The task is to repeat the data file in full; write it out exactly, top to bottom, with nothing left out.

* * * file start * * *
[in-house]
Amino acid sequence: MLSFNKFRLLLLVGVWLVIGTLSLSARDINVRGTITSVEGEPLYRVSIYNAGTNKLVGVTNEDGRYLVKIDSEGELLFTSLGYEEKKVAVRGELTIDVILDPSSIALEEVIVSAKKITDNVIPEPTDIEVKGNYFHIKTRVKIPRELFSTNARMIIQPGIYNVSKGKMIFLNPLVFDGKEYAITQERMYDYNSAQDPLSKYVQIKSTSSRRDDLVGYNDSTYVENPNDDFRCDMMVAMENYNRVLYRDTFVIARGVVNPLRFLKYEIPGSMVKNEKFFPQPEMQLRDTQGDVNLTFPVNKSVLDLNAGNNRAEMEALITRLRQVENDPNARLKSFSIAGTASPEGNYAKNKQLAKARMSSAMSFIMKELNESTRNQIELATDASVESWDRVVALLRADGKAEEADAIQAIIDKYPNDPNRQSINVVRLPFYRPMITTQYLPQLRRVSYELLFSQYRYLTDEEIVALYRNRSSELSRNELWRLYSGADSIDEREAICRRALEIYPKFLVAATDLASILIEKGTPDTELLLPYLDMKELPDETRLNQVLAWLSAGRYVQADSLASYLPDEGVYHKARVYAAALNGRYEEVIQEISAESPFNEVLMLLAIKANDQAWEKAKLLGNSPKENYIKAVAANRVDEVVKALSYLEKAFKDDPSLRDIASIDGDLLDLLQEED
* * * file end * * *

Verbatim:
[in-house]
Amino acid sequence: MLSFNKFRLLLLVGVWLVIGTLSLSARDINVRGTITSVEGEPLYRVSIYNAGTNKLVGVTNEDGRYLVKIDSEGELLFTSLGYEEKKVAVRGELTIDVILDPSSIALEEVIVSAKKITDNVIPEPTDIEVKGNYFHIKTRVKIPRELFSTNARMIIQPGIYNVSKGKMIFLNPLVFDGKEYAITQERMYDYNSAQDPLSKYVQIKSTSSRRDDLVGYNDSTYVENPNDDFRCDMMVAMENYNRVLYRDTFVIARGVVNPLRFLKYEIPGSMVKNEKFFPQPEMQLRDTQGDVNLTFPVNKSVLDLNAGNNRAEMEALITRLRQVENDPNARLKSFSIAGTASPEGNYAKNKQLAKARMSSAMSFIMKELNESTRNQIELATDASVESWDRVVALLRADGKAEEADAIQAIIDKYPNDPNRQSINVVRLPFYRPMITTQYLPQLRRVSYELLFSQYRYLTDEEIVALYRNRSSELSRNELWRLYSGADSIDEREAICRRALEIYPKFLVAATDLASILIEKGTPDTELLLPYLDMKELPDETRLNQVLAWLSAGRYVQADSLASYLPDEGVYHKARVYAAALNGRYEEVIQEISAESPFNEVLMLLAIKANDQAWEKAKLLGNSPKENYIKAVAANRVDEVVKALSYLEKAFKDDPSLRDIASIDGDLLDLLQEED